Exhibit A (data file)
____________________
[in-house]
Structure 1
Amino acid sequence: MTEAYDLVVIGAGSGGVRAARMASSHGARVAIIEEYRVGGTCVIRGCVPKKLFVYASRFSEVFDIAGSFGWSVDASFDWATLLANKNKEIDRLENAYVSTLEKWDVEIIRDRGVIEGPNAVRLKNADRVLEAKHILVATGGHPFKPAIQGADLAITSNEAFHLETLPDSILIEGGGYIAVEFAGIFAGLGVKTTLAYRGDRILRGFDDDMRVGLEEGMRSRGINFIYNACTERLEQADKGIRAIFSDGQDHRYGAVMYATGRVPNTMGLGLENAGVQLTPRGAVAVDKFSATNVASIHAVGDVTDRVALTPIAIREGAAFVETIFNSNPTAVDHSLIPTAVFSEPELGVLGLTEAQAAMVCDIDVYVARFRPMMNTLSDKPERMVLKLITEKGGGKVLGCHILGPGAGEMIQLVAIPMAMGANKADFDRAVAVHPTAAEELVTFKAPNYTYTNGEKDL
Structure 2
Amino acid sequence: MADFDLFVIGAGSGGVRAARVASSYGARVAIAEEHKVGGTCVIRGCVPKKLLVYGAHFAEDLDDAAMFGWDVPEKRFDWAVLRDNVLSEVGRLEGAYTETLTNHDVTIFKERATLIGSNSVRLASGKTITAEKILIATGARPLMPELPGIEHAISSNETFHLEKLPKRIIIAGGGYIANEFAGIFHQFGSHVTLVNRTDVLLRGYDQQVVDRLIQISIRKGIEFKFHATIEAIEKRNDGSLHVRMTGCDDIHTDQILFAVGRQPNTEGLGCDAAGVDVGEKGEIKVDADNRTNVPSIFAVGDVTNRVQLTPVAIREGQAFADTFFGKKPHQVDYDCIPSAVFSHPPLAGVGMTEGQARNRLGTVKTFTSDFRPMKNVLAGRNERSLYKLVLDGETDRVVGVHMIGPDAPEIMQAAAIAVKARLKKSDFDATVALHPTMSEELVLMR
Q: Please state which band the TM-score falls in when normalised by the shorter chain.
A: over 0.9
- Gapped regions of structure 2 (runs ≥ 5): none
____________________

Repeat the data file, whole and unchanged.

[in-house]
Structure 1
Amino acid sequence: MTEAYDLVVIGAGSGGVRAARMASSHGARVAIIEEYRVGGTCVIRGCVPKKLFVYASRFSEVFDIAGSFGWSVDASFDWATLLANKNKEIDRLENAYVSTLEKWDVEIIRDRGVIEGPNAVRLKNADRVLEAKHILVATGGHPFKPAIQGADLAITSNEAFHLETLPDSILIEGGGYIAVEFAGIFAGLGVKTTLAYRGDRILRGFDDDMRVGLEEGMRSRGINFIYNACTERLEQADKGIRAIFSDGQDHRYGAVMYATGRVPNTMGLGLENAGVQLTPRGAVAVDKFSATNVASIHAVGDVTDRVALTPIAIREGAAFVETIFNSNPTAVDHSLIPTAVFSEPELGVLGLTEAQAAMVCDIDVYVARFRPMMNTLSDKPERMVLKLITEKGGGKVLGCHILGPGAGEMIQLVAIPMAMGANKADFDRAVAVHPTAAEELVTFKAPNYTYTNGEKDL
Structure 2
Amino acid sequence: MADFDLFVIGAGSGGVRAARVASSYGARVAIAEEHKVGGTCVIRGCVPKKLLVYGAHFAEDLDDAAMFGWDVPEKRFDWAVLRDNVLSEVGRLEGAYTETLTNHDVTIFKERATLIGSNSVRLASGKTITAEKILIATGARPLMPELPGIEHAISSNETFHLEKLPKRIIIAGGGYIANEFAGIFHQFGSHVTLVNRTDVLLRGYDQQVVDRLIQISIRKGIEFKFHATIEAIEKRNDGSLHVRMTGCDDIHTDQILFAVGRQPNTEGLGCDAAGVDVGEKGEIKVDADNRTNVPSIFAVGDVTNRVQLTPVAIREGQAFADTFFGKKPHQVDYDCIPSAVFSHPPLAGVGMTEGQARNRLGTVKTFTSDFRPMKNVLAGRNERSLYKLVLDGETDRVVGVHMIGPDAPEIMQAAAIAVKARLKKSDFDATVALHPTMSEELVLMR
Q: Please state which band the TM-score falls in when normalised by the shorter chain.
A: over 0.9
- Gapped regions of structure 2 (runs ≥ 5): none